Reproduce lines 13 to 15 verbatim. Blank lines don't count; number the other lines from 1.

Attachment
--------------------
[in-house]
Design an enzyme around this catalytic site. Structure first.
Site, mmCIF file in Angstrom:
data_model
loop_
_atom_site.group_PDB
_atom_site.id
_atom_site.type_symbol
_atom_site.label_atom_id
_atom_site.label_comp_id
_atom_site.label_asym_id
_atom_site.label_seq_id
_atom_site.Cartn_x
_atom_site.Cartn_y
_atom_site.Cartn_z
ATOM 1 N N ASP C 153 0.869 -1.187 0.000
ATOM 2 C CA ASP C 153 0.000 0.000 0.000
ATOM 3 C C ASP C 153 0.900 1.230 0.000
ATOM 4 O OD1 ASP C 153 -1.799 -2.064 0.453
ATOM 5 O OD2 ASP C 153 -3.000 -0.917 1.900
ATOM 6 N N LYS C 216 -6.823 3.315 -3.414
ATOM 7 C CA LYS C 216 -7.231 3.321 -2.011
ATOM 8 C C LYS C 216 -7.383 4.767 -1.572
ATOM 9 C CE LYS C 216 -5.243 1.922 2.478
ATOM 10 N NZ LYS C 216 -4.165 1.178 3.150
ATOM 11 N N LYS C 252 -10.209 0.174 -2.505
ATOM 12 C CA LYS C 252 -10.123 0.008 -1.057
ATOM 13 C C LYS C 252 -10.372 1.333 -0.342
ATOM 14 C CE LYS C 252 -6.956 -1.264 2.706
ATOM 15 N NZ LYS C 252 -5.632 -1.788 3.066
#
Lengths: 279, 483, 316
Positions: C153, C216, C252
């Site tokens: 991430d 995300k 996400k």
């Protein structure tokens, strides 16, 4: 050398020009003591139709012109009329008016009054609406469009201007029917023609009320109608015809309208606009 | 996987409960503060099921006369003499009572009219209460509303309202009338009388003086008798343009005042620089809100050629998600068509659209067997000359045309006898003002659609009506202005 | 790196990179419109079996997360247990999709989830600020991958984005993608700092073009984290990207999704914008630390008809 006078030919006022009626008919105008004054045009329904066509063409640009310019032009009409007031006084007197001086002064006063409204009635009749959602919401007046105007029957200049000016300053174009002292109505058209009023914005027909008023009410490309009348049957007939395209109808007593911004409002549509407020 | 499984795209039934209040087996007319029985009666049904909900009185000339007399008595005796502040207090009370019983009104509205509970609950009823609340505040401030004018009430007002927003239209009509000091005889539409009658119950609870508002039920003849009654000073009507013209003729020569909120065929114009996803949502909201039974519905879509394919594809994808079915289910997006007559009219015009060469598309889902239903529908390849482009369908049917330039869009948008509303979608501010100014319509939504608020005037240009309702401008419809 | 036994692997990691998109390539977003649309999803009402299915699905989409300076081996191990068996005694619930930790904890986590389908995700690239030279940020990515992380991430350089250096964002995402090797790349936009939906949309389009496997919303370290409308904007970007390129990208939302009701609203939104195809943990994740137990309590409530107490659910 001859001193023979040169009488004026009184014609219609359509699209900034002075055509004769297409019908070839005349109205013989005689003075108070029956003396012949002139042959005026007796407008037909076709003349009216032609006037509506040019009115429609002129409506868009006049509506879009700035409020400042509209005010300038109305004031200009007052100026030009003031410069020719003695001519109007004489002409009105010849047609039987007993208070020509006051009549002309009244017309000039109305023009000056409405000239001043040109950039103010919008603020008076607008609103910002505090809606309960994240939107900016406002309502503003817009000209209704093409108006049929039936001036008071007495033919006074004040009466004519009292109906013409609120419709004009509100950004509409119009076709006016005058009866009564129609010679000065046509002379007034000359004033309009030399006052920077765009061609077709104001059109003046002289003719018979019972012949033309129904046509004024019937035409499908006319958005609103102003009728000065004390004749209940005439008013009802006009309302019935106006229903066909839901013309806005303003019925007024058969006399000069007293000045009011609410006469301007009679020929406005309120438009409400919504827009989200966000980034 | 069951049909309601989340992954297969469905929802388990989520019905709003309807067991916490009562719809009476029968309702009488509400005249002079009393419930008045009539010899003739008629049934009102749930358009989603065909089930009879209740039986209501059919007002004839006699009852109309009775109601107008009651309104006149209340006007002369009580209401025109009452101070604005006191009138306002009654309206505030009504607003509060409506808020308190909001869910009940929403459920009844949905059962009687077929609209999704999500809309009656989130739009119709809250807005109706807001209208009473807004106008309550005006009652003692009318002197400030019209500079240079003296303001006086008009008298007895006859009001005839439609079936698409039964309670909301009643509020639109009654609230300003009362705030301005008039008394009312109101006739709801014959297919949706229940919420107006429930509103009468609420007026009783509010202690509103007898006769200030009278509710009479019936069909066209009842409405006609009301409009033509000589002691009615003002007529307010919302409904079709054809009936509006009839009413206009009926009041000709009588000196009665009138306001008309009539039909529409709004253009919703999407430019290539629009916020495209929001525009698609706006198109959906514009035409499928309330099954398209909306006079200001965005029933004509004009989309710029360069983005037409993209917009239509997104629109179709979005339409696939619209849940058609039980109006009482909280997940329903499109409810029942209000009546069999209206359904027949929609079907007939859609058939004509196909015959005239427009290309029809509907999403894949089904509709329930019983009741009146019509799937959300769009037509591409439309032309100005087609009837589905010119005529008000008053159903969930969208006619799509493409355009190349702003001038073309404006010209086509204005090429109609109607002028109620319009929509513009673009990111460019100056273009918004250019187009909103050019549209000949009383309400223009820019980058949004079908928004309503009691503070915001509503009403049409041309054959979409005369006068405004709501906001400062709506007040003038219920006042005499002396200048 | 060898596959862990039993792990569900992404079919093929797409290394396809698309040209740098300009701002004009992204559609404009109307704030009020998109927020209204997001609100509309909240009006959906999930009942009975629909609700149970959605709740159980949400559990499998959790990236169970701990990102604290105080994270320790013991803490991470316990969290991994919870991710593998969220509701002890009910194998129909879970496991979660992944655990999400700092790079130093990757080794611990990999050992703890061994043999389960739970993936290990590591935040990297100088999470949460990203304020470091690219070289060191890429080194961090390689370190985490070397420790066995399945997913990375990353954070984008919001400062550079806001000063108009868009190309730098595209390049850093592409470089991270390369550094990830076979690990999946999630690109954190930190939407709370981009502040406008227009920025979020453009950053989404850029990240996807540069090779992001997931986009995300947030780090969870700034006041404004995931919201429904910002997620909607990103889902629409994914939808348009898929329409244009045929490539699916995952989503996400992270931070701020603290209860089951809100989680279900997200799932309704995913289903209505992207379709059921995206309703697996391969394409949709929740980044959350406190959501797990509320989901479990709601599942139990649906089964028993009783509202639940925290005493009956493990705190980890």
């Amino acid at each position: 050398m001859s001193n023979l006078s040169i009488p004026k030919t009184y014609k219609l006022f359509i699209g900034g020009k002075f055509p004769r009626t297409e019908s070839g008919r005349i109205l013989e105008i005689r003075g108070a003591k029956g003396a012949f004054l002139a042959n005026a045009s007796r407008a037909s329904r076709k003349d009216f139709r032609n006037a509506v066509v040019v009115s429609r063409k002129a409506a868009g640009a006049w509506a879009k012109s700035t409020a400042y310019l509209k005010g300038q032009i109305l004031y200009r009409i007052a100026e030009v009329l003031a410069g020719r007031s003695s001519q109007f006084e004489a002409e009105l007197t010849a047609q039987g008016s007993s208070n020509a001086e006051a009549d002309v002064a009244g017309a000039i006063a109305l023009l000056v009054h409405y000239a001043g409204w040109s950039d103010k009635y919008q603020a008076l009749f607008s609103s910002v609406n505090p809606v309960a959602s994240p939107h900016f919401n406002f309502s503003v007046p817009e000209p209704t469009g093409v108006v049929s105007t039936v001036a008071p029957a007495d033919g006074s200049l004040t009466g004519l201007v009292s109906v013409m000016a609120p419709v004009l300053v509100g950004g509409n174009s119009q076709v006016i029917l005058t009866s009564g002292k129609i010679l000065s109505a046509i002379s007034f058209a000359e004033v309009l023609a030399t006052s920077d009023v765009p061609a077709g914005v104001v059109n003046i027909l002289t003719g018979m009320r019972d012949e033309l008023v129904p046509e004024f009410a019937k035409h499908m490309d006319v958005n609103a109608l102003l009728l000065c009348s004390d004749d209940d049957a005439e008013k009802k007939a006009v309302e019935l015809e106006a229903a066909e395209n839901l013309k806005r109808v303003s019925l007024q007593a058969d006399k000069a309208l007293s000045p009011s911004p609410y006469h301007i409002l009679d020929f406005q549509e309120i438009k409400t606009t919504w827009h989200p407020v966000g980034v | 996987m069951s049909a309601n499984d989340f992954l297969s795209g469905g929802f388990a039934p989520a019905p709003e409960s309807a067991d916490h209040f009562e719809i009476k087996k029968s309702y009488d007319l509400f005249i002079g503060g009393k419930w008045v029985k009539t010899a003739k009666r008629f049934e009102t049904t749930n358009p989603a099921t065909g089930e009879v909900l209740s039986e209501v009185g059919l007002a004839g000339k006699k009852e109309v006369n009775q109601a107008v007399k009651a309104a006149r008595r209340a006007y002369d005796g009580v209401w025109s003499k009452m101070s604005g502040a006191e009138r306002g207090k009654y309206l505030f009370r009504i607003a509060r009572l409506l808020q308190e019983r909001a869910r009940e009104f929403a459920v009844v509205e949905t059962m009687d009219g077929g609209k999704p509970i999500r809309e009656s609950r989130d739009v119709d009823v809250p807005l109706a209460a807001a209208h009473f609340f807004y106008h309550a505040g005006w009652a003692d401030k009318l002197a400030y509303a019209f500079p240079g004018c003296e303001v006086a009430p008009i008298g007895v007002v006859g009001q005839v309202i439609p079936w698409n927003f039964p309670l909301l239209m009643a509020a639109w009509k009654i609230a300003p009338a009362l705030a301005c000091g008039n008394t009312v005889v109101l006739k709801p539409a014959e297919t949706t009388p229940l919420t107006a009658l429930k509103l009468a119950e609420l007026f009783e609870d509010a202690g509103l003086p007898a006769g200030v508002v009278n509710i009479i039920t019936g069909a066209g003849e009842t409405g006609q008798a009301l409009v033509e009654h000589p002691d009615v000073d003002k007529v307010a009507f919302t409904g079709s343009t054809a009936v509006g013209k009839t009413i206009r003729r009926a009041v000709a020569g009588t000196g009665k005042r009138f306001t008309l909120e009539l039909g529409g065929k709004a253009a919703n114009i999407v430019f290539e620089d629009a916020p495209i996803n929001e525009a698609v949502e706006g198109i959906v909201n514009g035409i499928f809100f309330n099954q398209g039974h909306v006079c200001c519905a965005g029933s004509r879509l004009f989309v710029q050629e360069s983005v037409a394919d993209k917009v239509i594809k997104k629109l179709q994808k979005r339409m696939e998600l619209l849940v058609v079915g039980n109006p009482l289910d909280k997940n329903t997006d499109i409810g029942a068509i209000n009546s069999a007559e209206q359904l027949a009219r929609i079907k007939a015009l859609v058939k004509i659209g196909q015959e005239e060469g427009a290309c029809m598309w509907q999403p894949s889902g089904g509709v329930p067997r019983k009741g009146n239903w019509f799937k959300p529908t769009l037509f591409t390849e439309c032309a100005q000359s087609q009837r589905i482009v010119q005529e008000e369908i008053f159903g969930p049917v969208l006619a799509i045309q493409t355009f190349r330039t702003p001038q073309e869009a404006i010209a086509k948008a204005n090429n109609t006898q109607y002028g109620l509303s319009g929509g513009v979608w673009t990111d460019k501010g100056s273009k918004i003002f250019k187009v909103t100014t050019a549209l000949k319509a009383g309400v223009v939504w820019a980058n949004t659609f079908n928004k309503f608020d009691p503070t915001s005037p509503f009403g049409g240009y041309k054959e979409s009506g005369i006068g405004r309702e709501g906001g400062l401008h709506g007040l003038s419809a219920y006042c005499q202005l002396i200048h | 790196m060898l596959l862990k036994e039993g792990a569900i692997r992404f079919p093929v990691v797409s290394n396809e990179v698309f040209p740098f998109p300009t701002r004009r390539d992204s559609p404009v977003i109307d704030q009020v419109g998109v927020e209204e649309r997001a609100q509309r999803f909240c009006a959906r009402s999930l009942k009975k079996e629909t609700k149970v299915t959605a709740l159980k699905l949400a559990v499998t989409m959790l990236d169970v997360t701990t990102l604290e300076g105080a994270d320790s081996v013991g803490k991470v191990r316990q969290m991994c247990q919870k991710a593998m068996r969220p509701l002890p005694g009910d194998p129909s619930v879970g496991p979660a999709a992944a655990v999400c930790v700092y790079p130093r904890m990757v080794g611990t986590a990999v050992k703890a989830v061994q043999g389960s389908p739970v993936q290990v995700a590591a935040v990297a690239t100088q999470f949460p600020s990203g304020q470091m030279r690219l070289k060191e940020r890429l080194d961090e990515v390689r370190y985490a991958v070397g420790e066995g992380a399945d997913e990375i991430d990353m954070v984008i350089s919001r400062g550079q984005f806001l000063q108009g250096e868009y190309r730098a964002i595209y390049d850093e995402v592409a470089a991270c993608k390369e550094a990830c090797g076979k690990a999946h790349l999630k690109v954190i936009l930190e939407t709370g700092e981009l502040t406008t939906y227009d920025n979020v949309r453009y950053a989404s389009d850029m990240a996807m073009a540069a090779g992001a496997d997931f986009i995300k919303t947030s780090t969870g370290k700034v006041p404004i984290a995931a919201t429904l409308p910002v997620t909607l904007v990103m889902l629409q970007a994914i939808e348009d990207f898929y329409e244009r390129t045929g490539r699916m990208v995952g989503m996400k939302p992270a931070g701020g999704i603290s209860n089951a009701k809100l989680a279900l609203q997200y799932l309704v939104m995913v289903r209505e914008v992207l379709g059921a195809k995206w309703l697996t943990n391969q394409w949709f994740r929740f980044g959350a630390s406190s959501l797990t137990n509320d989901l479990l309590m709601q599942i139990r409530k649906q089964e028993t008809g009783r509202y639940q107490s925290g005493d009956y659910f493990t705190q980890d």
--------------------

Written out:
_atom_site.Cartn_x
_atom_site.Cartn_y
_atom_site.Cartn_z